When considering career advancement, companies that believe an employee’s personal aspirations are as important as the organization’s needs are 3.6 times more likely to have effective career development programs than those that believe the organization’s priorities are more important, according to the Brandon Hall Group Study, Career Development: Are You Considering What Employees Want? Those employers are also twice as likely to have managers who care highly about their employees’ personal happiness in their jobs and careers.
Align Career Development with Learning and Performance
Among those three variables, career development always rated a distant third because organizations typically invest heavily in learning without tying it to business outcomes. Those that managed to develop an effective career development program embrace it as a business strategy and their managers believe their responsibilities include helping employees develop their careers. Those who say managers care about their employees’ happiness in their careers are 10 times more likely to have effective career-development programs.
Top talent won’t stay at your organization without believing they can advance along a path that aligns with their personal and professional aspirations. Employers should provide multiple career paths, communicate and provide resources for employees to improve their skills and competencies to meet the requirements of the jobs that interest them.
Brandon Hall Group research reveals that high-performing organizations enable employees to explore flexible career paths that fit their aspirations while aligning with organizational needs. It’s up to employees to do what’s necessary to grow into new roles, but employers must arm them with the tools they need to make it happen.
- Do we treat our internal job candidates (current employees) as well or better than we treat external candidates during the recruitment and hiring process?
- If not, why not?
- How do we make career development and internal mobility more employee-friendly?
- How can we improve the integration of learning, performance, and career development to build the skills and competencies employees require to advance their careers in ways that help them and the organization?
Brandon Hall Group’s POV
Each employee has unique career aspirations. Organizations have their own objectives for their employees’ career development. Aligning them is the only way to ensure career development and advancement are mutually beneficial for employers and employees.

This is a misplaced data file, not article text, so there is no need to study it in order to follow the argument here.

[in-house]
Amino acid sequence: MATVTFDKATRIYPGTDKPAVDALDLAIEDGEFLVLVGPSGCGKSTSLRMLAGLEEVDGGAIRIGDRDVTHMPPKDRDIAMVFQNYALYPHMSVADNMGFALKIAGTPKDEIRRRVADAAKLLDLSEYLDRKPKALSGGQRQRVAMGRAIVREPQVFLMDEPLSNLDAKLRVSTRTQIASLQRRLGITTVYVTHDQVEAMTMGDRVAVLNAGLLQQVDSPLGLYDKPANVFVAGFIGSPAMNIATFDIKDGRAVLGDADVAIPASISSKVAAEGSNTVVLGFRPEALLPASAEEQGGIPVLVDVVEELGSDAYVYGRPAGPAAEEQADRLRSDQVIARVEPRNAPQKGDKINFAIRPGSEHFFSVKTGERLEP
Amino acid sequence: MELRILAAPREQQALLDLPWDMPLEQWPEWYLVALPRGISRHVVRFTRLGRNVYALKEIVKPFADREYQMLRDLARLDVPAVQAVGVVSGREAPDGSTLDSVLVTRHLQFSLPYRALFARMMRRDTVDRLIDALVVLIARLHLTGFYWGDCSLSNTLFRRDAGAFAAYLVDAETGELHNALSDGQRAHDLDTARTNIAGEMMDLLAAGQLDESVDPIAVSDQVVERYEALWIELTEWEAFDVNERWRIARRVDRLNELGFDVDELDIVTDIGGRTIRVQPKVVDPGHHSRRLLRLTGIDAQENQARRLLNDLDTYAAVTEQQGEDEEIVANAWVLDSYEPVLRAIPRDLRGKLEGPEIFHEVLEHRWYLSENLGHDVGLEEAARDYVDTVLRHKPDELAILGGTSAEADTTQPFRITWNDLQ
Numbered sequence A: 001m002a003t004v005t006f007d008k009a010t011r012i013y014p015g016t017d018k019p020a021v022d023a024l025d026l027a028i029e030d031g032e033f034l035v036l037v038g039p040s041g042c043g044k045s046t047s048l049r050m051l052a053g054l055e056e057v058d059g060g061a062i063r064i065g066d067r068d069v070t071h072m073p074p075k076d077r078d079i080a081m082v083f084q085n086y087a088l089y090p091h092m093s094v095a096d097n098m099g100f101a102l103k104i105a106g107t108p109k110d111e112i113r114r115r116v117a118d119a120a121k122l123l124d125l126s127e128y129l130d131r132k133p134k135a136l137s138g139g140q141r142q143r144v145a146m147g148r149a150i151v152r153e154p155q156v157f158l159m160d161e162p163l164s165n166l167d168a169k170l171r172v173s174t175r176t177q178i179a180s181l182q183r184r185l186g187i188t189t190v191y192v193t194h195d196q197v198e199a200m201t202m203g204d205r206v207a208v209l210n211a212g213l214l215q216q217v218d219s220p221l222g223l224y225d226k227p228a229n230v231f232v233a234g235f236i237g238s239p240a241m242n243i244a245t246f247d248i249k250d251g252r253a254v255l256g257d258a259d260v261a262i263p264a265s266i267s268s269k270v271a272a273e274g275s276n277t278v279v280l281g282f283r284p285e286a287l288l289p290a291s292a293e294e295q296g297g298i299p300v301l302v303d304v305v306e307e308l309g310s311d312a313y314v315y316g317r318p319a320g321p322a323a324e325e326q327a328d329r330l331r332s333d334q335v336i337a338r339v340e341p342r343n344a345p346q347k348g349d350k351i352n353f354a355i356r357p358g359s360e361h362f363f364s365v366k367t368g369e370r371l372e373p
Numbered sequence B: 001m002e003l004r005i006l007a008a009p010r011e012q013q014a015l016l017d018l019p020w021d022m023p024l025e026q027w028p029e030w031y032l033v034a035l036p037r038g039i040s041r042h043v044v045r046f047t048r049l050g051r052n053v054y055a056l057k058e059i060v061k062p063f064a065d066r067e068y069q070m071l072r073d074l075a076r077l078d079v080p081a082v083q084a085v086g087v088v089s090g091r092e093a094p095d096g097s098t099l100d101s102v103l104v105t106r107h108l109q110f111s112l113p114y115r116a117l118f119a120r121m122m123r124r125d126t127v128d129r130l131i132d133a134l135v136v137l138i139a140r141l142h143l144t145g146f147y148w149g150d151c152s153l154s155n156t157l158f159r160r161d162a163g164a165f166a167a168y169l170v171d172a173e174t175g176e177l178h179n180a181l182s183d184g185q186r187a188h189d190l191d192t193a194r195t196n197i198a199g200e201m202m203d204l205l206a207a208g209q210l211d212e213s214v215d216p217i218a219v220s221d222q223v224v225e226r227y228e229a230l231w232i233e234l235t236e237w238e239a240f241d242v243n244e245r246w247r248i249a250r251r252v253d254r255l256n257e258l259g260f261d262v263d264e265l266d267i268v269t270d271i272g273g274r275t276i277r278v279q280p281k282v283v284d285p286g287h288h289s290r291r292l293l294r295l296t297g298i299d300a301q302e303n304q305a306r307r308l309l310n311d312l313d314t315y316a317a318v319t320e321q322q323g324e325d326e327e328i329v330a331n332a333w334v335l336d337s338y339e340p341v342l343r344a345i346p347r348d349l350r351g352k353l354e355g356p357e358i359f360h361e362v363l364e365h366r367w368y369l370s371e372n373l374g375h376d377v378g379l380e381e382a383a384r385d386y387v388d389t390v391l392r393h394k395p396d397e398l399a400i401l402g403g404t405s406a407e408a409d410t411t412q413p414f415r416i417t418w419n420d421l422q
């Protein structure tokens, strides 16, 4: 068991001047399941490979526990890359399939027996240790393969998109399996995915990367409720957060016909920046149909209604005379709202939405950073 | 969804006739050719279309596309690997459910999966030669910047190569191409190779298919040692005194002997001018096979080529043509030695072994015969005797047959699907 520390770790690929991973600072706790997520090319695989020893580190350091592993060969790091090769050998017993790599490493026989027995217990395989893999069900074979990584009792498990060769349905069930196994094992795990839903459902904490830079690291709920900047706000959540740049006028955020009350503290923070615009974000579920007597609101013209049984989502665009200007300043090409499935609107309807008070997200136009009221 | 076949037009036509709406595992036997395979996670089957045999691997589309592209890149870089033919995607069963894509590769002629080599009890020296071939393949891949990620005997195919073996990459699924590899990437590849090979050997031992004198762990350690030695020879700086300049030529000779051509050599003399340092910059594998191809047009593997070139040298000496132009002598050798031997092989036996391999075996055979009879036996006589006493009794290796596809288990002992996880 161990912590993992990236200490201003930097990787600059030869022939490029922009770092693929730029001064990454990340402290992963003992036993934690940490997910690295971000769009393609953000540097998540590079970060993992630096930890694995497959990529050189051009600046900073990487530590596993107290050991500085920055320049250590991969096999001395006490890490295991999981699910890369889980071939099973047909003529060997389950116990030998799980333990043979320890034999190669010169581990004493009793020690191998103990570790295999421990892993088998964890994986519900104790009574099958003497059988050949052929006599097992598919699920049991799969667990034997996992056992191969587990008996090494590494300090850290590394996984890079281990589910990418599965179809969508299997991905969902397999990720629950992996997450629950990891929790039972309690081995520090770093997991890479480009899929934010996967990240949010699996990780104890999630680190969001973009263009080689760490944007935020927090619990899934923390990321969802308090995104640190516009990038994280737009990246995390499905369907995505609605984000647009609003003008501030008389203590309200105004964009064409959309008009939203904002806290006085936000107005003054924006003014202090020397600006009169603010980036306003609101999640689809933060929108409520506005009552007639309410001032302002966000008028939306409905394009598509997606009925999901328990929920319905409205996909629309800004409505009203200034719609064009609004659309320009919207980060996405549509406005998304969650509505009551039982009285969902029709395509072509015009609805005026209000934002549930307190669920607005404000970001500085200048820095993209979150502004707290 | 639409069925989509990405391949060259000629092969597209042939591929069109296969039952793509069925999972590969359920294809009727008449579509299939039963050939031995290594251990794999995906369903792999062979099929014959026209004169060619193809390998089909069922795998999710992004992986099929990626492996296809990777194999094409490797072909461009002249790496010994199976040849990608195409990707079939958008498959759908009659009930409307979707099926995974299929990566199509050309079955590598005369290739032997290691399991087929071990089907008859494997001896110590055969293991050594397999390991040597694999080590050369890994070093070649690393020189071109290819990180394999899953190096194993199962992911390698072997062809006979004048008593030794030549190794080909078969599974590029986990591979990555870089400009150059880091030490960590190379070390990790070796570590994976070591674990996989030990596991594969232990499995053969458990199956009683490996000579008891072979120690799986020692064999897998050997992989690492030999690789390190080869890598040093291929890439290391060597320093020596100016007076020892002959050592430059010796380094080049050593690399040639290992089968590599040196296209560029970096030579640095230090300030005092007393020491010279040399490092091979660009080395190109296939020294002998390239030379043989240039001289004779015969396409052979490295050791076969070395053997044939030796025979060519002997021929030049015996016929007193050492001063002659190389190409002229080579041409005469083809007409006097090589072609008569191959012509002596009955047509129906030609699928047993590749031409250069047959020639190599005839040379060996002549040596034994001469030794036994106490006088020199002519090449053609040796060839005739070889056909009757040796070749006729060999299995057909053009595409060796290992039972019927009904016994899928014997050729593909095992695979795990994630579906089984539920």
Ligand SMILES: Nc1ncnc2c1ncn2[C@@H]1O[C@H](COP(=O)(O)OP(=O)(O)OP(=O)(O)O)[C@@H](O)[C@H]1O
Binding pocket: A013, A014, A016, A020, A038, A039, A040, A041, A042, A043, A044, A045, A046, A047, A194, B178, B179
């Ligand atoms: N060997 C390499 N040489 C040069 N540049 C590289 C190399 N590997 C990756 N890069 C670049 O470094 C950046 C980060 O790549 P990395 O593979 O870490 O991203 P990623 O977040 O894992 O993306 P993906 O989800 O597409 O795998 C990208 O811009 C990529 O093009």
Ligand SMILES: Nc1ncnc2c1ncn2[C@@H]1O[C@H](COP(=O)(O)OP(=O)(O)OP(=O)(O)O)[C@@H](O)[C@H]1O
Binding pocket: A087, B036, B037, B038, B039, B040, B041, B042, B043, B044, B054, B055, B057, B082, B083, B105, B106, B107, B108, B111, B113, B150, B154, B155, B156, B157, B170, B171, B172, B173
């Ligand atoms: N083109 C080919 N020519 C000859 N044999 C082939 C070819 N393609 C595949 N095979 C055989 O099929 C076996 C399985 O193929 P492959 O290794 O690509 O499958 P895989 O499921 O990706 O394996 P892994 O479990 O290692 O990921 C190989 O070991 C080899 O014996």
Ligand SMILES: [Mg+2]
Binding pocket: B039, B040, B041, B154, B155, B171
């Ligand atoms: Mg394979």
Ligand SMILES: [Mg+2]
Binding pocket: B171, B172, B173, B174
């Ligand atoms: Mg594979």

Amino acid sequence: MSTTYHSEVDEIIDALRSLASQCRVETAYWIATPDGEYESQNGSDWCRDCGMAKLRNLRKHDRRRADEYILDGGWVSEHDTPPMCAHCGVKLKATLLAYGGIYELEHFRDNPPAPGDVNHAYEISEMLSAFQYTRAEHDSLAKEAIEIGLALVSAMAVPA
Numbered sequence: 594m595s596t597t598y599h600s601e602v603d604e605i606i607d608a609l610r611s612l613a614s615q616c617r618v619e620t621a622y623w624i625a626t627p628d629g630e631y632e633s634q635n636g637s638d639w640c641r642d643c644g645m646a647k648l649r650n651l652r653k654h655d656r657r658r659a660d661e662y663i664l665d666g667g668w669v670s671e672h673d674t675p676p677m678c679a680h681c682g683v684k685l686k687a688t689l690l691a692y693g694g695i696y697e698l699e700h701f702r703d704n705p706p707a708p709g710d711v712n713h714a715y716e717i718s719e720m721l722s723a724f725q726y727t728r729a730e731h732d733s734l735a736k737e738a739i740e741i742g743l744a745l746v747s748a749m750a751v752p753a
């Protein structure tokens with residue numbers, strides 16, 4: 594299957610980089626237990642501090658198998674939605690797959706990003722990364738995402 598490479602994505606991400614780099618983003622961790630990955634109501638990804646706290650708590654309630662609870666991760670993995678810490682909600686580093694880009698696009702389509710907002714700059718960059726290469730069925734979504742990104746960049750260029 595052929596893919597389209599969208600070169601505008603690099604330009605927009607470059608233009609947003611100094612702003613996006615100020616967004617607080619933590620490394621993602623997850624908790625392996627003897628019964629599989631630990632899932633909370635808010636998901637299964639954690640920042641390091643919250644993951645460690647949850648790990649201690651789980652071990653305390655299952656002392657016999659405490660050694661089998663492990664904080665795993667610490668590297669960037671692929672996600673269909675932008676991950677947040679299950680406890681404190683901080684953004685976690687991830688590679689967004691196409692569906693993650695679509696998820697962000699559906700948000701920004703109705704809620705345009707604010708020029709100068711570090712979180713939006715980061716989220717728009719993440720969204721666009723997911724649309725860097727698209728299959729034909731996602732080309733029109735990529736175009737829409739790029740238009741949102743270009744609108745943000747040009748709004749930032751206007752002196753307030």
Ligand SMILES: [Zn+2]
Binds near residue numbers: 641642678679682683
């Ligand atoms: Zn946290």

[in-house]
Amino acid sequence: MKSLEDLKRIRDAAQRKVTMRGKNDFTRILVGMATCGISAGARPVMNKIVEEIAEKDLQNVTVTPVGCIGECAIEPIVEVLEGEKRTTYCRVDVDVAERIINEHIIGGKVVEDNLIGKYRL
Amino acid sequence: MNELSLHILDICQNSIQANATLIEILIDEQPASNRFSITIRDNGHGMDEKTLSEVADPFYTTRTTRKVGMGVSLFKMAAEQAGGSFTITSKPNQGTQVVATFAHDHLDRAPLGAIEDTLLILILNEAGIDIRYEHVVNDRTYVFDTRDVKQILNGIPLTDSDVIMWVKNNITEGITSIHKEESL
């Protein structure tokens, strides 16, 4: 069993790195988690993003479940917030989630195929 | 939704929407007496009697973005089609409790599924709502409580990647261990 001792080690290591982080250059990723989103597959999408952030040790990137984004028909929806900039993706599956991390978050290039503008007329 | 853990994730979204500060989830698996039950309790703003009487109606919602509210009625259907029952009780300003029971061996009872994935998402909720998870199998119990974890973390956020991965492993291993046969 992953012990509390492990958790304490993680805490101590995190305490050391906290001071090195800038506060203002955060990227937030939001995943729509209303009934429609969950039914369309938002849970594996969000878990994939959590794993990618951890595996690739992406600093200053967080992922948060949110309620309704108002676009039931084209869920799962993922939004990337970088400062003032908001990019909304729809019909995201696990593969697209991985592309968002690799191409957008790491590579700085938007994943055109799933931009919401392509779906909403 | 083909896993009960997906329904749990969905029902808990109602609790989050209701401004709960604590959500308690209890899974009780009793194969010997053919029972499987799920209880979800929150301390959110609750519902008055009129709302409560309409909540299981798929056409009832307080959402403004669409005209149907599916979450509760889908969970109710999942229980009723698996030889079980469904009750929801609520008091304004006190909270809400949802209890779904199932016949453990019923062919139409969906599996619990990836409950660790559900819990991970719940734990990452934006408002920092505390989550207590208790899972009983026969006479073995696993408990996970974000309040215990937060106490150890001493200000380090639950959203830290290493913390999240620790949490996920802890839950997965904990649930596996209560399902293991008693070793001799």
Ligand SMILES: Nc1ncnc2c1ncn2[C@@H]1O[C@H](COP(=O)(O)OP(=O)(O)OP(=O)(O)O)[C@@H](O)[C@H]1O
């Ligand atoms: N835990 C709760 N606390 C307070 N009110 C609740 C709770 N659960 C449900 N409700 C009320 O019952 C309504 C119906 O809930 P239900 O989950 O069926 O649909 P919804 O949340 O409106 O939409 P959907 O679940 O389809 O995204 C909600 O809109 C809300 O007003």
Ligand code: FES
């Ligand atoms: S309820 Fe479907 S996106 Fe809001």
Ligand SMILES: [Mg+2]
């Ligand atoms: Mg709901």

Each must consider the best interests of the other. But in most organizations, employers call the shots. There are limited career paths and most are vertical, leading to management. If employees cannot find opportunities that fit their interests and aspirations, they become disengaged and eventually leave the employer.
6 Strategies for More Employee-Centric Career Development
- Reverse-engineer career development: Start with internal mobility goals that will help your business thrive and determine how career development should change to reach them.
- “Recruit” your high-potential employees: Work with them as you would elite external candidates. Advancing more of your current employees’ careers increases talent retention and dramatically decreases your recruiting costs.
- Transform managers into talent developers: They should be trained and empowered to develop future talent through coaching relationships rather than just manage day-to-day business.
- Design compelling career options: Build horizontal and vertical career paths and leverage technology to create visuals that make it easy to envision the future. That’s a daunting task when you consider all the job roles in an organization. Start with the most vital ones and devise a schedule to add roles at a comfortable pace.
- Link career development to performance goals and learning experiences: You can’t build dynamic programs without aligning those three aspects. Also, make learning as experiential as possible. To advance, employees must learn to apply current and new skills to new situations. You can’t learn that in a classroom, either live or virtual. Learning by doing is the key.
- And measure again: Create career development metrics tied to business outcomes, analyze them regularly, and adjust as needed. Start with talent retention overall and in key demographic groups.